After big ACC Tournament, softball earns first-ever NCAA bid


For the first time in program history, the Pitt softball team is going dancing.

Following a surprising run to the ACC Tournament Championship, the Panthers learned Sunday evening that they earned the school’s first-ever selection to the NCAA Tournament.

Pitt will open up tournament play in the regional round of the tournament, facing the University ofCalifornia, Berkeley on Friday at 3:30 p.m. in Ann Arbor, Mich. As the round is double elimination, the winner of the game will take on the winner of the matchup between Michigan and Oakland University. The final team standing will advance to the Super Regionals as one of the final 16 teams remaining in the tournament.

For Pitt head coach Holly Aprile, the possibility of a tournament bid became real as the season began to dwindle, with the only remaining contests being one game against Penn State, two against St. Francis and three against Louisville.

“I’d say going into our last [six] games, [we knew we had a shot at a berth],” Aprile said. “Going into that series [of games] where we were sitting, I thought that if we performed really well and didn’t lose a game, we had a shot.”

The team wasn’t able to corral an undefeated record in those final games — all at home — losing the contest to Penn State and falling in two of three to Louisville.

“I thought that was too much of a stumble, to tell you the truth,” Aprile said. “But I didn’t really discuss that with the girls.”

When the team wasn’t able to take advantage of that homestand, however, players like senior pitcher and ace Savannah King saw it as an opportunity.

“Obviously if we had won out, I’m sure it would have been clear [that we would earn an NCAA Tournament berth],” King said. “When we didn’t do as well as we wanted to in those last six games, I said, ‘Well, we better make a name for ourselves in the [ACC] Tournament.’”

That was precisely what happened, as the sixth-seeded Panthers stunned the conference, defeating No. 3 seed Notre Dame in the quarterfinals and No. 2 North Carolina in the semis, before falling to the top-seeded Florida State Seminoles in a closely contested matchup last Saturday.

“I think with how strongly we played this past weekend, we deserved to be in the [NCAA] Tournament,” King said. “That’s when I felt like, ‘Hey, I think we have a chance.’”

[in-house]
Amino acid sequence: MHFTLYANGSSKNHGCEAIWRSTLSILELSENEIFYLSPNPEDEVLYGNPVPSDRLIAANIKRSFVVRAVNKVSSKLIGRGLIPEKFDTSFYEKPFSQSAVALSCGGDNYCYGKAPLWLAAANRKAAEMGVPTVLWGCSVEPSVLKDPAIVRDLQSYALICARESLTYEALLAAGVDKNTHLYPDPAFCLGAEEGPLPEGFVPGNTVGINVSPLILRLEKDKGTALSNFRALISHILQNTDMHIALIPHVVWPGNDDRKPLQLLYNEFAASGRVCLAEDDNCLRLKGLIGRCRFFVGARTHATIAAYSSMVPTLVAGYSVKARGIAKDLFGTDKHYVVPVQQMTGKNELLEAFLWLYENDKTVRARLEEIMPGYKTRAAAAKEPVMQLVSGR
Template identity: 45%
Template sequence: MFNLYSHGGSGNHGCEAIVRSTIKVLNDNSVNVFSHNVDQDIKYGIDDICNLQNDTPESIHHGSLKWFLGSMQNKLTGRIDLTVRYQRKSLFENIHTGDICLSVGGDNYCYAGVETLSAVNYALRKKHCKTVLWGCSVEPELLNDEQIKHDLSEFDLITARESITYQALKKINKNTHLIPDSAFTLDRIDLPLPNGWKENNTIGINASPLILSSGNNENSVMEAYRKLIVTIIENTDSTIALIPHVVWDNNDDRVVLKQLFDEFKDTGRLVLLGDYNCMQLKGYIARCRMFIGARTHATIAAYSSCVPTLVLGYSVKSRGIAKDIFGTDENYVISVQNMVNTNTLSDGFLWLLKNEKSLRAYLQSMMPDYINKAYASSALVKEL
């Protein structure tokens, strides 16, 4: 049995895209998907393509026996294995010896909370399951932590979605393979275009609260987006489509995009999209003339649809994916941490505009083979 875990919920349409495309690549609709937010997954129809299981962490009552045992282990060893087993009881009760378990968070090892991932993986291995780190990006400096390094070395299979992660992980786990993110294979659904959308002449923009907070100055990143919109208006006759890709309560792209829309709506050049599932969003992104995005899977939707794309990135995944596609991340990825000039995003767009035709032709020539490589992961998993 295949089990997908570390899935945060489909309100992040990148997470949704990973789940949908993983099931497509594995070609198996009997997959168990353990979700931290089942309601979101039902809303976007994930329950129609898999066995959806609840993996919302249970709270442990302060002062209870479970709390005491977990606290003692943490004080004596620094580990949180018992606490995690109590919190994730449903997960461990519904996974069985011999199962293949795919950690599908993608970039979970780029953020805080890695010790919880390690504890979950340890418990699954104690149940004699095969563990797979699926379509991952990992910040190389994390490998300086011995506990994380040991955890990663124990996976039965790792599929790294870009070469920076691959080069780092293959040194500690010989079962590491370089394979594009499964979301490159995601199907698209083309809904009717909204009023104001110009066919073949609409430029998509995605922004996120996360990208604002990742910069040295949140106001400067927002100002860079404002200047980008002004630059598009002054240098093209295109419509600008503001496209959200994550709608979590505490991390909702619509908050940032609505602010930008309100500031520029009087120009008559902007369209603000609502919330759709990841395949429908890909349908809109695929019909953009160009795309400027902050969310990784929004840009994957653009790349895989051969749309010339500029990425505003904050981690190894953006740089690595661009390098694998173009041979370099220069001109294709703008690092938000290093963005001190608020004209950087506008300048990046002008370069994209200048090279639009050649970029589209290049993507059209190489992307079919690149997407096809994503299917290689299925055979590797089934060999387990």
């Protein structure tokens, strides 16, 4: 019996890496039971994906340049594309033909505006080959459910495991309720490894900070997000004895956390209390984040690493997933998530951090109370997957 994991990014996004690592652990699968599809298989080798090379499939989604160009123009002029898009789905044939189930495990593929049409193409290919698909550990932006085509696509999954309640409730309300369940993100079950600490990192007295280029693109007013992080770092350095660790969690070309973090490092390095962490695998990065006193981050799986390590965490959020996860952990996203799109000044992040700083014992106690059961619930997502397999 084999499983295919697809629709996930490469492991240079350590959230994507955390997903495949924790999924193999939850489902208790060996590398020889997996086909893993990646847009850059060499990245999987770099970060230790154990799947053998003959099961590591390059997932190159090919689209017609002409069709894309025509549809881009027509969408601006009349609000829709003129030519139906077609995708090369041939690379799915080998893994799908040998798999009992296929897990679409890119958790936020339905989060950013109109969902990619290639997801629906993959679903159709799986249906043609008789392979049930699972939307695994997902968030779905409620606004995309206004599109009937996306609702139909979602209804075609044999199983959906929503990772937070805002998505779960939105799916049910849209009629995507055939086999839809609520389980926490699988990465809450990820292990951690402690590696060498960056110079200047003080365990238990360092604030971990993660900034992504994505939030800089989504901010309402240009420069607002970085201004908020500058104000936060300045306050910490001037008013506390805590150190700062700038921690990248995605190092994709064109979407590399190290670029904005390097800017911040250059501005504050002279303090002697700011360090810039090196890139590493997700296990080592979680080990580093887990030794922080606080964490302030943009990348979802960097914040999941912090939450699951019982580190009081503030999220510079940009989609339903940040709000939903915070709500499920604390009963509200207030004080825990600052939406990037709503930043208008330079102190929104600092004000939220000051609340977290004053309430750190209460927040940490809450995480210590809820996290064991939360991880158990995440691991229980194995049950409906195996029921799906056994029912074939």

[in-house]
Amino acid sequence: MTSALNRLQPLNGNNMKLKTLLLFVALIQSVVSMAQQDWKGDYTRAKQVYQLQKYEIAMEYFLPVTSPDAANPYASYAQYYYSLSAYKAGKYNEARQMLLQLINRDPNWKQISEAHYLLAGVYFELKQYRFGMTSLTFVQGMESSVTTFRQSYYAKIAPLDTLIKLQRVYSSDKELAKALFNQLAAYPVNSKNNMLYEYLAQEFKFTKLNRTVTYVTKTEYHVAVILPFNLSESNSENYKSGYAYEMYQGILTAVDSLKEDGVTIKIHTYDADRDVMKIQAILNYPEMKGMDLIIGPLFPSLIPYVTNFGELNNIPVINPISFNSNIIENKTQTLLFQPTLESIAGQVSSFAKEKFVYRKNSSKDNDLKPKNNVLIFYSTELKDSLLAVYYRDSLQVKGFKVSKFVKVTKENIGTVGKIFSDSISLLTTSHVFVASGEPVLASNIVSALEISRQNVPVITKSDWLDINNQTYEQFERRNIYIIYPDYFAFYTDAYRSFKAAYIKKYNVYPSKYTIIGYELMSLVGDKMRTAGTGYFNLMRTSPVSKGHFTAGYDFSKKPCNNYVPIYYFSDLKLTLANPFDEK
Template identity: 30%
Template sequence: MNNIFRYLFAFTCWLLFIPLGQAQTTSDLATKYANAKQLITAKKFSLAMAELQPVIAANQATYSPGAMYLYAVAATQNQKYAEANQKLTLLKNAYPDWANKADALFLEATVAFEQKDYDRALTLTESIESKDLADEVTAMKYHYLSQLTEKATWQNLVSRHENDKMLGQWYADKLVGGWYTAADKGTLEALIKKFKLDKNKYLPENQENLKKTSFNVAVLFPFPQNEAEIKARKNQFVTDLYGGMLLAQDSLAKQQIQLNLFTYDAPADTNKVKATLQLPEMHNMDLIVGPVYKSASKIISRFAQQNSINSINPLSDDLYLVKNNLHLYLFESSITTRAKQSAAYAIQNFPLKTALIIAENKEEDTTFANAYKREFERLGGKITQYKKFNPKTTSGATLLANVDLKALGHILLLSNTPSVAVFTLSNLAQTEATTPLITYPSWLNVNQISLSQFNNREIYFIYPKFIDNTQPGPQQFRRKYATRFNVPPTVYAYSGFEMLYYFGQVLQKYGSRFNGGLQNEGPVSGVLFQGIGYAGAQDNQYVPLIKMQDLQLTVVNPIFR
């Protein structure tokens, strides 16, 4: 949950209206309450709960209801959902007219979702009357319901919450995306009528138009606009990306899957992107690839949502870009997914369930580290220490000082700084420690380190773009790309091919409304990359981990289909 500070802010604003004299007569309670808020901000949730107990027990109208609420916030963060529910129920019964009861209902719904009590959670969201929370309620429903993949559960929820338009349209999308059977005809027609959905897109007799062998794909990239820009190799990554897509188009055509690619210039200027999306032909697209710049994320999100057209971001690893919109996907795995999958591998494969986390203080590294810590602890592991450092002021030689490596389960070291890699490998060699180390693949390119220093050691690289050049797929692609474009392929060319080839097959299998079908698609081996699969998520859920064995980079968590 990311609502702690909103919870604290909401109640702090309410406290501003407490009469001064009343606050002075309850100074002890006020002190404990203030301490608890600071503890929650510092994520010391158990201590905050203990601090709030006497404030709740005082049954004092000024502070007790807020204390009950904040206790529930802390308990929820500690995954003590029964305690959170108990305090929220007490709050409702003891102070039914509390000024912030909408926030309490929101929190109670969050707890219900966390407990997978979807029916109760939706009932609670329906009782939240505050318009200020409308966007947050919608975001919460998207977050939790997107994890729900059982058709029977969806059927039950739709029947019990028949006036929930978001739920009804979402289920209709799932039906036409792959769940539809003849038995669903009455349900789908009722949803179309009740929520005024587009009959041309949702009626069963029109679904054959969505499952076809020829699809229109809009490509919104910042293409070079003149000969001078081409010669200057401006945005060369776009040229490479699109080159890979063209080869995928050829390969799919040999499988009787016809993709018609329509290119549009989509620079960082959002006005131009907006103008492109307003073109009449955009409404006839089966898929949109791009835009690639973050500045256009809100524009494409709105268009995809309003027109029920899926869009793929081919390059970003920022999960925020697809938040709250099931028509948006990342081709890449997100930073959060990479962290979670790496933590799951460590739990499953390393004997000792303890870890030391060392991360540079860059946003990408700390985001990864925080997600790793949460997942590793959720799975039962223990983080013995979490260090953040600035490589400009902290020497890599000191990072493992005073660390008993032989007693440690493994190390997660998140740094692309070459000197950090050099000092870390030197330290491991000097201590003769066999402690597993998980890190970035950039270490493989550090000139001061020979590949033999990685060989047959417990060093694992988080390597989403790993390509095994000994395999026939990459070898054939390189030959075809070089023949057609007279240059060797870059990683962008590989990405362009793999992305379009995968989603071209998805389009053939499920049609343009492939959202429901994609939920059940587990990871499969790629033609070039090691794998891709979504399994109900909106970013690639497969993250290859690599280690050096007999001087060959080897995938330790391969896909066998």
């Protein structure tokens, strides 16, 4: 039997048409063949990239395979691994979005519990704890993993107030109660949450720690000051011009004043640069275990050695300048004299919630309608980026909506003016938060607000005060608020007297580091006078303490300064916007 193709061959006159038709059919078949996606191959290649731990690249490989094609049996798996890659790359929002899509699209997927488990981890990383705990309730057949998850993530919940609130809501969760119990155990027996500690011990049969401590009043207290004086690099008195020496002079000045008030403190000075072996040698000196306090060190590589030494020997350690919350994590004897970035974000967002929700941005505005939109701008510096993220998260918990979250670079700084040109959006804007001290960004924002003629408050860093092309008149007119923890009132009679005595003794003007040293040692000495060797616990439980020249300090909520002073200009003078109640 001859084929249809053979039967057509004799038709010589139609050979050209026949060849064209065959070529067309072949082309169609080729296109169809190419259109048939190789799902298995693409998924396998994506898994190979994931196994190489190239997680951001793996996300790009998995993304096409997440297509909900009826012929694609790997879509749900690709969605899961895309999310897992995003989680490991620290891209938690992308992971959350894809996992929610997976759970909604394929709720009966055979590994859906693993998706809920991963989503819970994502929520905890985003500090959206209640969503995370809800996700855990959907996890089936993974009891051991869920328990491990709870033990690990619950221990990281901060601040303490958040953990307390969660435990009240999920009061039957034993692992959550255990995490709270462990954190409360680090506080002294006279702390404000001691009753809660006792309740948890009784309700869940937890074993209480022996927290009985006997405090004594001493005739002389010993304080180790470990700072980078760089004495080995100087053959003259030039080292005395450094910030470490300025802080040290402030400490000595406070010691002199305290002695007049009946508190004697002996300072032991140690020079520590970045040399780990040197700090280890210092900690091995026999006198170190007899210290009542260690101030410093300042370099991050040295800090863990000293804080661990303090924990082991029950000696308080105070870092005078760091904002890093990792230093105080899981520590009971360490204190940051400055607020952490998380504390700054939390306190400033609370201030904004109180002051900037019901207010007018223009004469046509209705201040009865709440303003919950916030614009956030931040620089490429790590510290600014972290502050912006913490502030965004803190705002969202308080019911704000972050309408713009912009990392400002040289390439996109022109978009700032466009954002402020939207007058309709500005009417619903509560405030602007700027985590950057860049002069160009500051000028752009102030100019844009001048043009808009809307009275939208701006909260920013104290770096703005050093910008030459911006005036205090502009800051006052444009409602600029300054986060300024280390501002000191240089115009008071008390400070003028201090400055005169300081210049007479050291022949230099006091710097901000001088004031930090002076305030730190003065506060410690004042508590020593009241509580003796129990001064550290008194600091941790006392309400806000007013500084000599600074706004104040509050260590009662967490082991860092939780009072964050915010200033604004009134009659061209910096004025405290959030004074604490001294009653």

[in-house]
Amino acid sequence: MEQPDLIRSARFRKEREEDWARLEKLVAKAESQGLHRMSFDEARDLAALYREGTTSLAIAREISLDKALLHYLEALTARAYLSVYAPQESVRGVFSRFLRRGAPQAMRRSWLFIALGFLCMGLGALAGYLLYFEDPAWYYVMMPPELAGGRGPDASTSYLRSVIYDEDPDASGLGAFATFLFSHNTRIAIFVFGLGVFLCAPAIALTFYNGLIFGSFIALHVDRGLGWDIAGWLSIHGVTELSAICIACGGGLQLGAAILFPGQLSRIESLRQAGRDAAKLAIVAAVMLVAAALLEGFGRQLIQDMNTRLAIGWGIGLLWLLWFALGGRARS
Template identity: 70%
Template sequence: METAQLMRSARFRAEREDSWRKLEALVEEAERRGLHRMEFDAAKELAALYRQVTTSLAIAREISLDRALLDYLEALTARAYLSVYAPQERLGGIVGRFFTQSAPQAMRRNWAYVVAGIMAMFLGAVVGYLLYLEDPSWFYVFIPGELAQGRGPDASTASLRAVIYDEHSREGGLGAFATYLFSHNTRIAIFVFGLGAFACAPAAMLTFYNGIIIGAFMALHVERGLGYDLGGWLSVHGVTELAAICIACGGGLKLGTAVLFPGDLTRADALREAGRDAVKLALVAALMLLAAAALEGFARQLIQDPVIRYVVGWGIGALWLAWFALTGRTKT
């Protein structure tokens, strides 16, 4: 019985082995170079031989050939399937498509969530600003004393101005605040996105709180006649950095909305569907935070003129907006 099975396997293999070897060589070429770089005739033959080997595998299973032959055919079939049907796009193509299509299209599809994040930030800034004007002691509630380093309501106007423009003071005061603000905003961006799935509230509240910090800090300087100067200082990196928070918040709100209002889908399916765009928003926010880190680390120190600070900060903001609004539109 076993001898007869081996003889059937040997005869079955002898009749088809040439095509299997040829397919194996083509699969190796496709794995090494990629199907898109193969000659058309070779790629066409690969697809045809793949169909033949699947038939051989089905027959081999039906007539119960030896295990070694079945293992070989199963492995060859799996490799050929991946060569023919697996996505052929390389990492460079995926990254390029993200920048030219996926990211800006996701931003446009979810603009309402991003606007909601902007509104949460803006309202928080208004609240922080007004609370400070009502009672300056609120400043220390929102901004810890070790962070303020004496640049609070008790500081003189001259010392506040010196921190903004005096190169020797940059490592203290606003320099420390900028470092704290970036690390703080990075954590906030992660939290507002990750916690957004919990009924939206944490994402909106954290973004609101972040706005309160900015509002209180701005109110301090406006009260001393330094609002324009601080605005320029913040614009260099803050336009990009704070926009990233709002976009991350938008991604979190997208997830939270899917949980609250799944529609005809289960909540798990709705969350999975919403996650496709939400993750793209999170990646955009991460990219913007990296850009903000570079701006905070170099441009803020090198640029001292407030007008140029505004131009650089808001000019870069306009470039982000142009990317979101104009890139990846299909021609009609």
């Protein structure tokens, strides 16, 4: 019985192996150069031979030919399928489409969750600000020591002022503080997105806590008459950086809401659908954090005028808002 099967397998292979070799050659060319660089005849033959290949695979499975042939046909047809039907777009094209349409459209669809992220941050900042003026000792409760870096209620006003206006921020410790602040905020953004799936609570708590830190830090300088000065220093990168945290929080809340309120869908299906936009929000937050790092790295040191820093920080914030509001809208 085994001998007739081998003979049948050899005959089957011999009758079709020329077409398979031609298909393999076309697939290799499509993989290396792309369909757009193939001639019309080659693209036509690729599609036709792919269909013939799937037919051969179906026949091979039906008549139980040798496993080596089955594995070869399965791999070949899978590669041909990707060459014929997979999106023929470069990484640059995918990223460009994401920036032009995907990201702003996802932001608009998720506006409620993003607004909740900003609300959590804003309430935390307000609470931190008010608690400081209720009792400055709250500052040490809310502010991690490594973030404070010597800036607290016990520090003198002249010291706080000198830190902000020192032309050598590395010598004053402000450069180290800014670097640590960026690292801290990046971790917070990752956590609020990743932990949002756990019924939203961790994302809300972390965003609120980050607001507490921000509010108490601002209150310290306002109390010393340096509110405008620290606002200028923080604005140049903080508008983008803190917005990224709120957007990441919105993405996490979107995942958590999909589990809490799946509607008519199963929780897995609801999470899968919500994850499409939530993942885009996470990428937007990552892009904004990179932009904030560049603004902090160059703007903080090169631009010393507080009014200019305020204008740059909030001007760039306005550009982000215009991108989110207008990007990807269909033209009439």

Despite the solid weekend, the announcement of the tournament field, which aired on ESPNU on Sunday night, was a suspenseful experience for the team. The Panthers were the penultimate bid announced.

“Being the second-to-last team picked, it really got that stress level up,” senior outfielder Carly Thea said. “They made us sweat.”

As soon as Pitt was announced, though, the anxiety quickly evaporated.

“Once we saw our name up on the screen, the entire team, the entire room just blew up,” Thea said. “It was a really, really great environment and a great experience.”

As the first Pitt softball team to earn an NCAA Tournament appearance, the group broke numerous records.

The team set a program-best win total with 35 victories, while junior infielders Shelby Pickett and Maggie Sevilla tied for the best single-season hit total with 67. As a freshman, shortstop McKayla Taylor set a single-season program high in RBI with 56. King broke her own single-season program record for wins, tallying 20 on the year.

While the team has thrived all season and has been hot of late, they aren’t overlooking the challenge of the Golden Bears they will face on Friday. Still, Aprile wants the team to stay loose, despite the stage.

“I told them yesterday, we don’t need any special efforts, anything different,” Aprile said. “We just need the same kind of consistency we’ve been bringing.”

King, who will start the game on the mound against Cal, is looking to put her coach’s words into practice in the first contest.

“I know names [of Cal players], but I don’t really know too much,” King said. “I’m just going into it personally, going on the mound and attacking each batter and pitch my game, while not really worrying too much about them.”